Eccles Alumni Spotlight
Alumni Profile: Dave Decker (BA’03, MBA’05)
After close to six years of serving on the University of Utah Business Alumni Association (UUBAA) – ConnectU committee as a member and as committee chair, a generous supporter of the School, and longtime Utah sports fan, we are happy to announce David Decker (BA’03, MBA’05) as new co-chair of the University of Utah Business Alumni Association beginning January 2017. We’re excited to partner him with Chair Zack Clark (MBA’05) to grow the Eccles School alumni network.
As advice to current students, Decker urges them to take time for introspection as they look at potential careers.
“Challenge who you are. When do you find yourself the happiest?” Decker says. “These are the questions that should guide your career search. Find a career that incorporates as many of the things you are passionate about and success will follow.”
“Do what you love to do. Don’t just aim for a title, company or position,” Decker shares. “Take what you are passionate about and you’ll find multiple industries and positions which will allow you to do what you do best.”
While earning his undergraduate and master’s degrees he worked fulltime as a financial advisor at National Life of Vermont. Although the opportunities were great and took advantage of his finance degree, he realized his passion was not in selling financial and tax planning, but loved building simple ways to communicate difficult problems and searching for the best way to model and simplify financial questions. Through the MBA program he found a passion in operations optimization statistics and supply chain management, pointing him in another direction.
Decker encourages students not to be so concerned on landing the perfect first job. He says he often sees students myopically eager to get the perfect job after graduation, but end up missing opportunities. He encouraged, “Don’t worry so much about what you will eventually do for a career as much as what you love to do. Chase those classes and experiences that will help build those ‘muscles’ and see what happens. The experiences you have in each class, project, internship, and job will shape your vision of what you want to make a career.”
Decker joined Extra Space Storage in early 2004 as a smaller company with less than 100 storage locations nationally. When he took his first job as an operational analyst at Extra Space Storage, he found he could put his passions to work finding ways to improve productivity, help the company become more efficient, and save the company money. He gets excited about researching and asking how things can be done differently to make improvements and then selling those ideas to the executive team.
Through his 13 years with the same company, Decker has been able to test himself and grow skills through positions as Operations Analyst, Revenue Manager, District Manager, and Director of Operations Coordination to his current role as Senior Director of Operations, and has watched his company grow to over 1,400 locations and 3,000+ employees across the country. Decker says, “Sometimes you can get lost in those first positions at large companies. They often can give you more opportunities to move around and try different positions. However with a little more risk and possibly higher return, smaller companies can offer potential to be in key roles that will grow as the company grows.”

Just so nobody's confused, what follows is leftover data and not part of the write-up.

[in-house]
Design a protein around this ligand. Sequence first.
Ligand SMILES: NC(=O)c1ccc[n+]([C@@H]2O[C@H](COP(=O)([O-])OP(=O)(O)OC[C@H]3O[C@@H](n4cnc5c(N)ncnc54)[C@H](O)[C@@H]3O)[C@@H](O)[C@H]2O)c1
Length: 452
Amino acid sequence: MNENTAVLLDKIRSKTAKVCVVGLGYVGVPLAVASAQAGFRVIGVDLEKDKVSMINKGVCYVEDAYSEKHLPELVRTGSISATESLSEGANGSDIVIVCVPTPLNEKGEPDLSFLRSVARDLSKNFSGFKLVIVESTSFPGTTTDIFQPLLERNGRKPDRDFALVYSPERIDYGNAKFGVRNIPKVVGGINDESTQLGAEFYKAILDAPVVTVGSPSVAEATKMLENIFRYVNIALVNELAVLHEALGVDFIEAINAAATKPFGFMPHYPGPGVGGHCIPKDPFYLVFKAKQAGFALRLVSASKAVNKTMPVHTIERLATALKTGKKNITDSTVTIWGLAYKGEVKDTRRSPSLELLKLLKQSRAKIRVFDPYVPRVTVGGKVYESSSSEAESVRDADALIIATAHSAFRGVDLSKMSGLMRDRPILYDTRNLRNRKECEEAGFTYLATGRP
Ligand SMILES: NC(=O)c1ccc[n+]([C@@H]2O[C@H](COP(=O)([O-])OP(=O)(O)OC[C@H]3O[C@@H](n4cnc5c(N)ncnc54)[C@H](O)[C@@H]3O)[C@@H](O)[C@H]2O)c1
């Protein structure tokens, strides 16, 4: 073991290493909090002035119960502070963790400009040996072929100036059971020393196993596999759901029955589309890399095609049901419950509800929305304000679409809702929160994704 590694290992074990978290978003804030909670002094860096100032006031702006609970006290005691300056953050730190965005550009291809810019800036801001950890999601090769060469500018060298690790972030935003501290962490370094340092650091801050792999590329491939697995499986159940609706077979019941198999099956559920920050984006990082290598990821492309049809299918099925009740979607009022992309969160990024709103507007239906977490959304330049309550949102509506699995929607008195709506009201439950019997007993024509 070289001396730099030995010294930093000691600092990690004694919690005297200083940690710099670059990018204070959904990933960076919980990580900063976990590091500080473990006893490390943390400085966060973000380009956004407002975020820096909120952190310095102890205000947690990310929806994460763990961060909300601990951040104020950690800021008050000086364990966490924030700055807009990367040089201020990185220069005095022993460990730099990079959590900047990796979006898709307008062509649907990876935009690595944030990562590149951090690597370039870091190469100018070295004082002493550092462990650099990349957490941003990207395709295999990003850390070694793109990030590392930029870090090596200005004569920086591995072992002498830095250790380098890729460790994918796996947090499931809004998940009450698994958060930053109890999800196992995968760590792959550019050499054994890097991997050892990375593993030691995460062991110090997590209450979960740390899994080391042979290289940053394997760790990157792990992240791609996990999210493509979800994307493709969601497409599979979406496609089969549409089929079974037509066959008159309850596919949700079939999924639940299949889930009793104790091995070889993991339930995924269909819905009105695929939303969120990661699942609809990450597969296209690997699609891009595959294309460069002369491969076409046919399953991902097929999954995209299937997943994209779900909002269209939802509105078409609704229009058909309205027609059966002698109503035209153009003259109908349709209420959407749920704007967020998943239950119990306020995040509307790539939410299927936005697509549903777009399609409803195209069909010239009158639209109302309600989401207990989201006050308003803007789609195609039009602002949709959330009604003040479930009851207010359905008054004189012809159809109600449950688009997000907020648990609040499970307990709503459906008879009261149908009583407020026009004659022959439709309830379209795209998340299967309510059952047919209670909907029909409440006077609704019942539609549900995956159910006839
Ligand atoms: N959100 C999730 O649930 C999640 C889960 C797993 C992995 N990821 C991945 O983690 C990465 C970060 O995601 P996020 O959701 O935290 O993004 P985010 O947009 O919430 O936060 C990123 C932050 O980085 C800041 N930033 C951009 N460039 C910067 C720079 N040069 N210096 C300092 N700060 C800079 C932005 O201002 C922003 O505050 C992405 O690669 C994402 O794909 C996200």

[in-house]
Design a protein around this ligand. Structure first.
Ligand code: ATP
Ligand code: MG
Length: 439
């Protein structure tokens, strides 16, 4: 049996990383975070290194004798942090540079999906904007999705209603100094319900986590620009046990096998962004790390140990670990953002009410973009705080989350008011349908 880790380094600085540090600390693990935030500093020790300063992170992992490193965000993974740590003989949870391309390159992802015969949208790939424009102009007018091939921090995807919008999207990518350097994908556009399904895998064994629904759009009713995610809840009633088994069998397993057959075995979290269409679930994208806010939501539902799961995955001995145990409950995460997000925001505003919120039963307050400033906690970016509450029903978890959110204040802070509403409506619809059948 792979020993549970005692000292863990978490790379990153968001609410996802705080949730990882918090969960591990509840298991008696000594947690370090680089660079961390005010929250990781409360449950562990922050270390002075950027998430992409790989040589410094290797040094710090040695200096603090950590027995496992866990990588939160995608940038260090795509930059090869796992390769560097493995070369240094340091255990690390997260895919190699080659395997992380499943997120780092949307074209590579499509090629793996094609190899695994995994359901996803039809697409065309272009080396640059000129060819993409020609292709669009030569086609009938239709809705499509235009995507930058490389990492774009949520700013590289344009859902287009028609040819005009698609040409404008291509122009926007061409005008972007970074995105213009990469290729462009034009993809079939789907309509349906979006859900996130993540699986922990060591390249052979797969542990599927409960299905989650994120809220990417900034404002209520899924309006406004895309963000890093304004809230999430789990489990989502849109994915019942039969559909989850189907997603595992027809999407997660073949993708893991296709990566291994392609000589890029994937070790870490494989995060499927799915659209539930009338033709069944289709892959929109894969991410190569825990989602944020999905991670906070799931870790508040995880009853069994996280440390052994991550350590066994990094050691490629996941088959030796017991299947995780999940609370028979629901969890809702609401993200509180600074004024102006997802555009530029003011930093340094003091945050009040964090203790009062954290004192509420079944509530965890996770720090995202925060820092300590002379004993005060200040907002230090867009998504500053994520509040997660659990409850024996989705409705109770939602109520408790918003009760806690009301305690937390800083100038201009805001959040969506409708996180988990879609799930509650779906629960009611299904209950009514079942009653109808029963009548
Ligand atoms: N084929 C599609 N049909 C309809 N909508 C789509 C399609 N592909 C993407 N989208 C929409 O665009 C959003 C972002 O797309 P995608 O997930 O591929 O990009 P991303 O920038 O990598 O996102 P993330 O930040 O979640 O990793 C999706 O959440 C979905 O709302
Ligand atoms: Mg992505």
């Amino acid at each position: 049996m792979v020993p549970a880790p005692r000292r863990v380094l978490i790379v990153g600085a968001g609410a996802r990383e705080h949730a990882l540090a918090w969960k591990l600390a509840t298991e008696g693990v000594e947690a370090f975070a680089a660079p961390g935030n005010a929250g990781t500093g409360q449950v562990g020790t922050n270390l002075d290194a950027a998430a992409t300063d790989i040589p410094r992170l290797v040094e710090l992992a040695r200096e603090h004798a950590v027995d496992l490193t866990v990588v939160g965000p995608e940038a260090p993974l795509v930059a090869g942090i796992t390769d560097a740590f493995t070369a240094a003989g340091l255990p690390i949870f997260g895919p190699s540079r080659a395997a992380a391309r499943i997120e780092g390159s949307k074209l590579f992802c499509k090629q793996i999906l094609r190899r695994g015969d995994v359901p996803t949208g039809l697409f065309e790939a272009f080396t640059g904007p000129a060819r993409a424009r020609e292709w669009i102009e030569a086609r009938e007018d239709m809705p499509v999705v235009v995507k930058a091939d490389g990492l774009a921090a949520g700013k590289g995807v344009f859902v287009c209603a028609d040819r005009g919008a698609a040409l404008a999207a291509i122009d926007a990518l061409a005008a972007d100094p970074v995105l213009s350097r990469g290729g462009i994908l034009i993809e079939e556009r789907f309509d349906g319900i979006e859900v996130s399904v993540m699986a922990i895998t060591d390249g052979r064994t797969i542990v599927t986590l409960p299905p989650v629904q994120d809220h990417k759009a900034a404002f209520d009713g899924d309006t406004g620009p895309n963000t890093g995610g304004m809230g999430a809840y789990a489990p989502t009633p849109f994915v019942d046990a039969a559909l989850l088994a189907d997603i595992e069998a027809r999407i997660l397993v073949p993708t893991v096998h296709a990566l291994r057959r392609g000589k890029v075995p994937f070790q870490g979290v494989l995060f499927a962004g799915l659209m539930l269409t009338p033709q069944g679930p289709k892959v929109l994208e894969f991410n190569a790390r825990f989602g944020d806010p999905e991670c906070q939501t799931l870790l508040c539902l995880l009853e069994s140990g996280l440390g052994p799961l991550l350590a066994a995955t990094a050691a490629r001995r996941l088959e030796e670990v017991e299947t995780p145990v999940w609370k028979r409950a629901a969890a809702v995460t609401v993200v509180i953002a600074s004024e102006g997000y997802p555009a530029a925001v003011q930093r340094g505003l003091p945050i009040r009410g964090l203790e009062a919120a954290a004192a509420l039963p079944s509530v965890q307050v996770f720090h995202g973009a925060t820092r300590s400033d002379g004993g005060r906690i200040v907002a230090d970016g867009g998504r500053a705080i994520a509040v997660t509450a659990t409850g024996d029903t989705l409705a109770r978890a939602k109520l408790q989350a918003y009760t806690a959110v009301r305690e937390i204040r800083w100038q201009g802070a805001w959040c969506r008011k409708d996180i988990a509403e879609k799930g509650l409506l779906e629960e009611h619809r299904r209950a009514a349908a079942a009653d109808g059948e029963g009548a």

Decker adamantly believes that a key to career success is building your professional connections.
“The networks I’ve been a part of, the opportunities these have given me, and the doors that have been opened because of the relationships I built with my class, mentors and professors through the MBA program have been invaluable,” he said.
He points to his first mentor, Rick Jenson (BS’75) for connecting him to his first job at Extra Space Storage. Jenson, Partner at Tanner LLC, knew the VP of Accounting at Extra Space and made the introduction which launched Decker’s career. Decker says he hasn’t stopped making those connections either. As an active member of the UUBAA board, and now a mentor himself to current MBA students each year he says, “Helping students has helped me professionally. I’ve invested in student start-ups, hired students and grown my network with the newest and brightest young professionals that are graduating each year.”
“As alumni, our degrees become more valuable as we give back to students through mentoring, sharing ideas, teaching classes, and building the Eccles School alumni network,” Decker said. It’s no wonder he passionately encourages fellow alumni to get involved with the UUBAA network.
Join us in welcoming David Decker as the Co-Chair of UUBAA and watch for networking events, leadership speakers and more that you can participate or join in as a fellow alum.
Guitarist. CEO. Industry Leader. These are just a few of the titles that describe Eccles alumnus and donor Chris Aadnesen.
While attending the U and pursuing an English major, Aadnesen played lead guitar in a local band that had a #12 hit in Salt Lake City. His band played local venues and the Union Ballroom, earning money for college. . He continued on to get an MBA from the Eccles School with the intention of working for his dad after graduation. As he neared completion, he decided to pursue other opportunities, and the last company still recruiting that spring was Western Pacific Railroad. It was by happenstance, this musical English major was launched into a highly successful, four decade career in the railroad industry.